The United States is trying a new strategy to punish Saudi Arabia over its human rights record without provoking a veto. It has decided to reject visas for members of the Kingdom’s royal family. On Wednesday, Senate Foreign Relations Chairman Jim Risch revealed that it would bar members of the royal family from entering the U.S.
“This legislation is an effort to move the U.S./Saudi relationship in a different direction and I am hopeful to have the support of my colleagues in doing so,” Risch said in a statement. “We are all in agreement that we need to see a change in Saudi conduct going forward, and this bill would have a real impact in doing that.”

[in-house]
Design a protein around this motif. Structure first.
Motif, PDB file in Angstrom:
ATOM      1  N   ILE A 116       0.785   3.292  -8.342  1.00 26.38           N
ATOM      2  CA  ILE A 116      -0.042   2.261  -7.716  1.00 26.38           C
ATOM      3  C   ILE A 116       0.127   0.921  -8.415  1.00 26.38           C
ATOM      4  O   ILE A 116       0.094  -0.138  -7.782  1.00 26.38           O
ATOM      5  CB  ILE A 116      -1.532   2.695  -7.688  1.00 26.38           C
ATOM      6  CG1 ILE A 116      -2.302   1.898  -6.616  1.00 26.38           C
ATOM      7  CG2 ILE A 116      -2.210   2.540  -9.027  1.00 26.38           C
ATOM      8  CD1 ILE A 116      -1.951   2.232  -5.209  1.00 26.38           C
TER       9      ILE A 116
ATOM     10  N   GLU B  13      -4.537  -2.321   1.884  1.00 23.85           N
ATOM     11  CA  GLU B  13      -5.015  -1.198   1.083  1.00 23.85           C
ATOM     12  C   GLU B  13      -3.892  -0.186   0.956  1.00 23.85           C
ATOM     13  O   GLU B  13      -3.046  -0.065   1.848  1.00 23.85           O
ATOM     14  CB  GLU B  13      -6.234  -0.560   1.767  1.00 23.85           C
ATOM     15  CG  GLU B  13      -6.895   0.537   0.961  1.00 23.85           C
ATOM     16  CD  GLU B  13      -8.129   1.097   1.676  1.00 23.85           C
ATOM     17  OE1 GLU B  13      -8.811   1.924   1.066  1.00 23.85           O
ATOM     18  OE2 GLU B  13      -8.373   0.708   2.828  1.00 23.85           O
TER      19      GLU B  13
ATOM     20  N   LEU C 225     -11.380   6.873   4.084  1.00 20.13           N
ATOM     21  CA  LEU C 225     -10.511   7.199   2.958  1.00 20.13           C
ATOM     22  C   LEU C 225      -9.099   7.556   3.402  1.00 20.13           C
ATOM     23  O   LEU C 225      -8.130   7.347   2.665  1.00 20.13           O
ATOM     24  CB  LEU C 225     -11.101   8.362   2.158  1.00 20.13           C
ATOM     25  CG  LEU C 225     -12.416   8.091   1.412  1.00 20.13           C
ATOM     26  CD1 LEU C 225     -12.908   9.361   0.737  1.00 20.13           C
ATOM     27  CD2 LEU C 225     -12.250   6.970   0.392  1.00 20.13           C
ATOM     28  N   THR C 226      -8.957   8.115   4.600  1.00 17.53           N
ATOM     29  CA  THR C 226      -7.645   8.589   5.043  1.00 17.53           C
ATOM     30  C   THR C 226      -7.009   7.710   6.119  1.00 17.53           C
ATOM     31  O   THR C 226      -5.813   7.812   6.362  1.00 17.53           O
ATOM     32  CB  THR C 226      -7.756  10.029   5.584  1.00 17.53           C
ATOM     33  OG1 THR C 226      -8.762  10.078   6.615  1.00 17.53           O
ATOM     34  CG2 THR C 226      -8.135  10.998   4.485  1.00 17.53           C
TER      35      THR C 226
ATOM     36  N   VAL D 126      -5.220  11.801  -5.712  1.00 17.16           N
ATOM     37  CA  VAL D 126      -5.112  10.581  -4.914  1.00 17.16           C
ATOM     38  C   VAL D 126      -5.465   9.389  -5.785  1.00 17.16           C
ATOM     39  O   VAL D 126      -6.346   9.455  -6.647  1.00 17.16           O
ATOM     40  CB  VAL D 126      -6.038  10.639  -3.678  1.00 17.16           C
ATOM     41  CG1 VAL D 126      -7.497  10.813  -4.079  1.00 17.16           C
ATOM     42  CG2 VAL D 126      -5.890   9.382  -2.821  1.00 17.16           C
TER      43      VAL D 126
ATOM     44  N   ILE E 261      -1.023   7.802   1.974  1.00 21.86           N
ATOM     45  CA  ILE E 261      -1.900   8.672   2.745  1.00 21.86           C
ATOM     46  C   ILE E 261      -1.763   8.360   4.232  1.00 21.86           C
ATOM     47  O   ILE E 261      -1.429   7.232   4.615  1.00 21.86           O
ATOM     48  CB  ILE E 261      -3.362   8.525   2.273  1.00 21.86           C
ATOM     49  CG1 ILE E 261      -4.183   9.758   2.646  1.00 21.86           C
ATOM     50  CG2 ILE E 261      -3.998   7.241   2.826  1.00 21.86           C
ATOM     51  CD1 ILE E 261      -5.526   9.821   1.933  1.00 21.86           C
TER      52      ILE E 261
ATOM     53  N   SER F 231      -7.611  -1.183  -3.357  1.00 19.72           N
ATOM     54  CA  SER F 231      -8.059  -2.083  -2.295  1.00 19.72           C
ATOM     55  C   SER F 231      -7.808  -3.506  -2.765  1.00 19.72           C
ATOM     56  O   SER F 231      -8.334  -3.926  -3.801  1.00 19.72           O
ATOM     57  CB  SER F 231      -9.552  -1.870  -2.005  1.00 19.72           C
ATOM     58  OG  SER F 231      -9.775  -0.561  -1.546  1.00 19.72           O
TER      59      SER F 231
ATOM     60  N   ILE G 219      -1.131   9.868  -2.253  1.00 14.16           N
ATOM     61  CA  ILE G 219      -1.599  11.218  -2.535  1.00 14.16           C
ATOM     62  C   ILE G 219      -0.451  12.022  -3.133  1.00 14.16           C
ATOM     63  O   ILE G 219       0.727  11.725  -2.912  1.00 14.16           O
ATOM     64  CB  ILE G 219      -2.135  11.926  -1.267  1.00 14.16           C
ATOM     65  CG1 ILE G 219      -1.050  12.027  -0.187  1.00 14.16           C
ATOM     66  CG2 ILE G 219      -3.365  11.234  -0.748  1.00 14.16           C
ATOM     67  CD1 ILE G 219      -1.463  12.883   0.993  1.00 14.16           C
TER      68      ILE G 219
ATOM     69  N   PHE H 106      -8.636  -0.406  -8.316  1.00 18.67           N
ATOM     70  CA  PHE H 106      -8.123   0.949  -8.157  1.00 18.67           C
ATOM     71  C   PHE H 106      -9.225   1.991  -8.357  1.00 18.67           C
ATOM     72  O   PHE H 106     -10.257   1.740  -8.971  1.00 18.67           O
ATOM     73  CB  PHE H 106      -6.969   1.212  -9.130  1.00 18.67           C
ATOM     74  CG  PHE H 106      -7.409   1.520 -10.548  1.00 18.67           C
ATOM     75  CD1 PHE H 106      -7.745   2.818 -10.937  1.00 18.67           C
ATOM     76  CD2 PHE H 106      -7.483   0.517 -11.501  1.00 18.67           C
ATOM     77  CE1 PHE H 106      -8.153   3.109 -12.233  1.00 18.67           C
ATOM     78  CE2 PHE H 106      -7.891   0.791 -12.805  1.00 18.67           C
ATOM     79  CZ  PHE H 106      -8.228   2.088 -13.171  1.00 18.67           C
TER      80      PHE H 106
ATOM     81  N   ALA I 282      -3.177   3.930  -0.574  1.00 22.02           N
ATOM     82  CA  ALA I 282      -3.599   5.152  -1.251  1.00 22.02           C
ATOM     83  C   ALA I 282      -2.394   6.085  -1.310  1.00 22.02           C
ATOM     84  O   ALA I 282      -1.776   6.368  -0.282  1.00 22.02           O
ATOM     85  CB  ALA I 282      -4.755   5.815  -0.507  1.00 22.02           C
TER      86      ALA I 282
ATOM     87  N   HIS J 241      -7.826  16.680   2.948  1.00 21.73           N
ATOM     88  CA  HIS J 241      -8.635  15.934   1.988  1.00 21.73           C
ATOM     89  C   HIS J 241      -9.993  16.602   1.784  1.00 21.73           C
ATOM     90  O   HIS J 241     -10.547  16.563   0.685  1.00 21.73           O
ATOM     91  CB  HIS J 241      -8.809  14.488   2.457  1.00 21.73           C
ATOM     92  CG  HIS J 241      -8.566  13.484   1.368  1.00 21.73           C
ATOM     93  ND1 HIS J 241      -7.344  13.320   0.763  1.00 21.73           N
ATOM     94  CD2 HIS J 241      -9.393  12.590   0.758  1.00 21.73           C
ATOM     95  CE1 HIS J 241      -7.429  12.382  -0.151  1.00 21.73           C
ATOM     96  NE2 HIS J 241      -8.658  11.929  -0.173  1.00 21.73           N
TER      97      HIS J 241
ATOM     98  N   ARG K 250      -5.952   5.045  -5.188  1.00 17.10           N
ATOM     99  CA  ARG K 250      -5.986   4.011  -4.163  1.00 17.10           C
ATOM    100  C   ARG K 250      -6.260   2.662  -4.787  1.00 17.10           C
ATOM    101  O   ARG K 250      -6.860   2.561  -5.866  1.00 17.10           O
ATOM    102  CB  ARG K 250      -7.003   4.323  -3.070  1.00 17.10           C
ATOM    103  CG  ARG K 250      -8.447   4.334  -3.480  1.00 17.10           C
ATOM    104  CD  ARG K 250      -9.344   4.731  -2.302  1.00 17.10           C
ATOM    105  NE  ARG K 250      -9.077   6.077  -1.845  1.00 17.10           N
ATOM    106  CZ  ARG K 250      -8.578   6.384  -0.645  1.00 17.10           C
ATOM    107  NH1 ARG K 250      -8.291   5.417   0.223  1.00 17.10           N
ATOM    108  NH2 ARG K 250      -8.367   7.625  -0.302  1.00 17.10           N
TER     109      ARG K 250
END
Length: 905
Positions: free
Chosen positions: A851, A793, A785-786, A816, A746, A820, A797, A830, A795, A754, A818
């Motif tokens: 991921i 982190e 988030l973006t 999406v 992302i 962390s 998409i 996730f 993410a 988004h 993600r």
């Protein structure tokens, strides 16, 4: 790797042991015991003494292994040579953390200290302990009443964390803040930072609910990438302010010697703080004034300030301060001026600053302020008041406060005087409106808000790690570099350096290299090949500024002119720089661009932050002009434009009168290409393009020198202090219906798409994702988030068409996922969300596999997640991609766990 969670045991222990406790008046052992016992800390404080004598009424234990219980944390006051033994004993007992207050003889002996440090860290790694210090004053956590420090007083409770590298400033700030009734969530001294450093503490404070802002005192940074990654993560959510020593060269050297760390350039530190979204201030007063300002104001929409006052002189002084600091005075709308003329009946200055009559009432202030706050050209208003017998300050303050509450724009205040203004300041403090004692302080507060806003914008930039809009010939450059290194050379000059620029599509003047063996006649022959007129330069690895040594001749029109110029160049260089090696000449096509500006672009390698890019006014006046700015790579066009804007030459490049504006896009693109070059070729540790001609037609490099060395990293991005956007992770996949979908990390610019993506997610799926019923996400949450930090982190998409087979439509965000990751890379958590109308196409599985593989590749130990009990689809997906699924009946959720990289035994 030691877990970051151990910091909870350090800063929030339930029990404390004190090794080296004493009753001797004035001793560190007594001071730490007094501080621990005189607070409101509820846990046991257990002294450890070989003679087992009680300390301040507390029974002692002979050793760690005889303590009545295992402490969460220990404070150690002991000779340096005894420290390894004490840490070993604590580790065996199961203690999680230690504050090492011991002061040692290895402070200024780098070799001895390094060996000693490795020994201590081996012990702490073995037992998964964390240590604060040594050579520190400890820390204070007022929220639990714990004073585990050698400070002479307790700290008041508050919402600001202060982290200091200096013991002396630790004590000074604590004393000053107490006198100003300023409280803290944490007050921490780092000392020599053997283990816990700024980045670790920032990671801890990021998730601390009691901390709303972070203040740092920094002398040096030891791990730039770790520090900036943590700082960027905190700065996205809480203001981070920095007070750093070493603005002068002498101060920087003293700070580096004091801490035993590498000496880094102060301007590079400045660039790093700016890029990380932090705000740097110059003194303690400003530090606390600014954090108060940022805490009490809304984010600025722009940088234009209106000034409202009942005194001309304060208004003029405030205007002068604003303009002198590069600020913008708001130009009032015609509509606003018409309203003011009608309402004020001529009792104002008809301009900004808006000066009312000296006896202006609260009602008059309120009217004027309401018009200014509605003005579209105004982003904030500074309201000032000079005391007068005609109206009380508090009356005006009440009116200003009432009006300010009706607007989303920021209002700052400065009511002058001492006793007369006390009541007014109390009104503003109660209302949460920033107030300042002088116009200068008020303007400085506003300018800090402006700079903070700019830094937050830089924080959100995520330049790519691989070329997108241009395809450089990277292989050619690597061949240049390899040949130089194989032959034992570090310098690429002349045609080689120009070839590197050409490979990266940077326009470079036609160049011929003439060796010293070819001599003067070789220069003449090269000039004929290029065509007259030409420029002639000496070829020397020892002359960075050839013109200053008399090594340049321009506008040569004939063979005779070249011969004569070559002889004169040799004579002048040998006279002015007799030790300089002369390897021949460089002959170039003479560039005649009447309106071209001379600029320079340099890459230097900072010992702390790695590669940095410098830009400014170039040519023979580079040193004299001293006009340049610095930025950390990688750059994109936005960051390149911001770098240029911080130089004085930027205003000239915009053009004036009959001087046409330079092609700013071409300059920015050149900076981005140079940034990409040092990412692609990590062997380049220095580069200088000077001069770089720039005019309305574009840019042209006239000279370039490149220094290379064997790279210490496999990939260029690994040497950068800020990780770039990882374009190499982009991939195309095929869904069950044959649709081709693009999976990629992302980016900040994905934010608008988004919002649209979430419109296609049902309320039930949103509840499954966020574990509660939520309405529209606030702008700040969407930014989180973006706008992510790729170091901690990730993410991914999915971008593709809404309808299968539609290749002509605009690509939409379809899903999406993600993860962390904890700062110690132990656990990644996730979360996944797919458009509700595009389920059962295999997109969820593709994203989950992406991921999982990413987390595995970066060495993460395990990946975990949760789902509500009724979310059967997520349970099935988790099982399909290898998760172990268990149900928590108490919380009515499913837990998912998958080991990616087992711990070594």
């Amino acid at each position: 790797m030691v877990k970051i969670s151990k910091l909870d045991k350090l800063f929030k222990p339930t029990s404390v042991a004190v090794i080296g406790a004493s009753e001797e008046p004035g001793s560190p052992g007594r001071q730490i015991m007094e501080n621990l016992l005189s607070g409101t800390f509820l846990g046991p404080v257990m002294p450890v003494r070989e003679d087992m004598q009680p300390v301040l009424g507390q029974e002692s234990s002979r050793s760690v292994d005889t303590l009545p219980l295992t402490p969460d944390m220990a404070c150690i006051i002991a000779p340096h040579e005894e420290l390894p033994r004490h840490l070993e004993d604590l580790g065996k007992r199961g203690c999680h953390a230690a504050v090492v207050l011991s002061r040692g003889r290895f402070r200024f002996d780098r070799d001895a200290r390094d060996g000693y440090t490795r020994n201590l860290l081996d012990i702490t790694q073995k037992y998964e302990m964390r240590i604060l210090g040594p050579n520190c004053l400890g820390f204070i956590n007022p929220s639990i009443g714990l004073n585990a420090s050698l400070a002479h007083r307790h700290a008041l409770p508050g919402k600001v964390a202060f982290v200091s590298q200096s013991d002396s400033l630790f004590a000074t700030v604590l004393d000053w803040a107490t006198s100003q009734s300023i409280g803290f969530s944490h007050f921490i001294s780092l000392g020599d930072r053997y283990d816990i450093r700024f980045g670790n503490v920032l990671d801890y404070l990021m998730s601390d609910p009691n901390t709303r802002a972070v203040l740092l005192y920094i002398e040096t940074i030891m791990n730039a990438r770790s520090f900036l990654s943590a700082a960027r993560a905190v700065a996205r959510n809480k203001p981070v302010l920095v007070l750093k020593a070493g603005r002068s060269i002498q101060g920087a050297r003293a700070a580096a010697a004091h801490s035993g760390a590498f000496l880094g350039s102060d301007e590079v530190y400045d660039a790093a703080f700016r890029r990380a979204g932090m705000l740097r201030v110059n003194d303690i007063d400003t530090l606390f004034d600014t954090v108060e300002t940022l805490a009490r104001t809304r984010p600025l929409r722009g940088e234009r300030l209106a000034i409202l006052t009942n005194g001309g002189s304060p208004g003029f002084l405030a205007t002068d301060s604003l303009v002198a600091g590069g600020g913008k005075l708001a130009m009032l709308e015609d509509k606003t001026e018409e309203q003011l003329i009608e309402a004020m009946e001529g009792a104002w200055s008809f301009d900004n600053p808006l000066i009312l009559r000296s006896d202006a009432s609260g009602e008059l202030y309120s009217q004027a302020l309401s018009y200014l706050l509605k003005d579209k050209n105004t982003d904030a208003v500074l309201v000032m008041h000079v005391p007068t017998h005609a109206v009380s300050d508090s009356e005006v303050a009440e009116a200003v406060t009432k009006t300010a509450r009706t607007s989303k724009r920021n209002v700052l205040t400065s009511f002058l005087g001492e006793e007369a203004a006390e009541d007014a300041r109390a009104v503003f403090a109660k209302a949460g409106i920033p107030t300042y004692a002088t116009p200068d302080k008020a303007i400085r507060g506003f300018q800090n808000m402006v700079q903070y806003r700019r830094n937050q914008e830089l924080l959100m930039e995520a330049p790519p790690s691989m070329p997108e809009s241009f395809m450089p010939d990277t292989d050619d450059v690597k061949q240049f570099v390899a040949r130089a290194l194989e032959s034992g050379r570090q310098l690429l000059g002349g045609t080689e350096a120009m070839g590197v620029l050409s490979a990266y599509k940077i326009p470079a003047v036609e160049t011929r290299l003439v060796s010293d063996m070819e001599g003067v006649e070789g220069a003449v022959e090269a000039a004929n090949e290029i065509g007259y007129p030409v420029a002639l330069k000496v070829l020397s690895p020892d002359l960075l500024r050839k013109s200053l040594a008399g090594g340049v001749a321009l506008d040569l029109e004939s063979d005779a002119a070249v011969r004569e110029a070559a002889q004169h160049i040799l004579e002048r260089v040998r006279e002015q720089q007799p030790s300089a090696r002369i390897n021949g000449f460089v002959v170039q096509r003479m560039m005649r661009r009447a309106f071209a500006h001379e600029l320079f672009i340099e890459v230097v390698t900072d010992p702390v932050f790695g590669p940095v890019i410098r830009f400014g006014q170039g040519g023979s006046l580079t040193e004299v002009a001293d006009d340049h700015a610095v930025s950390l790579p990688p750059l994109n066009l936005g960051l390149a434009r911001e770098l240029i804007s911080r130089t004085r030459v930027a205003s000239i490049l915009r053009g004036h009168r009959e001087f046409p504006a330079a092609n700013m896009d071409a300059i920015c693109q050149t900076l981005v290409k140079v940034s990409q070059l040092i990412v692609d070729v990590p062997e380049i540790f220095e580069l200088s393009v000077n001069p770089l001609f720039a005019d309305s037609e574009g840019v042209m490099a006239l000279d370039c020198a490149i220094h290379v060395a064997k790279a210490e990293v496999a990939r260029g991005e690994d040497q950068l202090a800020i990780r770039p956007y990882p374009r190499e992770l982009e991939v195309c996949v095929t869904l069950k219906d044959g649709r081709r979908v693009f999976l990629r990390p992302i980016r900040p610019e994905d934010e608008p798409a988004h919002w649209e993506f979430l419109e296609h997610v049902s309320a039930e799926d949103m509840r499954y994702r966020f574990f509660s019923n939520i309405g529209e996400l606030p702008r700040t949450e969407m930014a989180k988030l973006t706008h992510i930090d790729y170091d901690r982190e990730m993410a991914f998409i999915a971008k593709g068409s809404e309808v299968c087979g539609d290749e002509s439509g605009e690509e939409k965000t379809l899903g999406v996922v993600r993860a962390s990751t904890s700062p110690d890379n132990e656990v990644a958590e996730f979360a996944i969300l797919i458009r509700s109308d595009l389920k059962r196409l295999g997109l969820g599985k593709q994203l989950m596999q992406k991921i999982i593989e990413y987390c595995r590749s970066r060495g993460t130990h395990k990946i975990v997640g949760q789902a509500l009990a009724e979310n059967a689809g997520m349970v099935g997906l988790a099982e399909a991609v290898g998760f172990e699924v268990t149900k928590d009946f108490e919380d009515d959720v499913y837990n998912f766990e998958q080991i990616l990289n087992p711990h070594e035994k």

Chris Coons of Delaware and Sens. Jeanne Shaheen of New Hampshire are the two Democratic co-sponsors of the bill, S.2066. To restrict a few arms sales to Saudi Arabia and impose sanctions over the killing of the columnist Jamal Khashoggi, the committee decides to vote on this month.
Sources said the restriction on travel in Risch’s bill will remain in place until the kingdom shows progress on human rights. The move has been planned to put pressure on Crown Prince Mohammed Bin Salman, However, the prince personally will not be denied since heads of state and the Saudi ambassador would be exempt.
Risch usually supports the Trump Administration on foreign policy and he did not join the handful of Republicans who voted for the Democrats to disapprove of the administration’s move to force that sale of $2 billion worth of arms to Saudi Arabia against Menendez’s opposition.
In a hearing on Wednesday, Assistant Secretary of State for Political-Military Affairs R. Clarke Cooper told the Senate Foreign Relations Committee that supplying arms to Saudi Arabia is “not only a deterrent to Iran and a reassurance to our partners but it’s also a rebuff to our competitors.”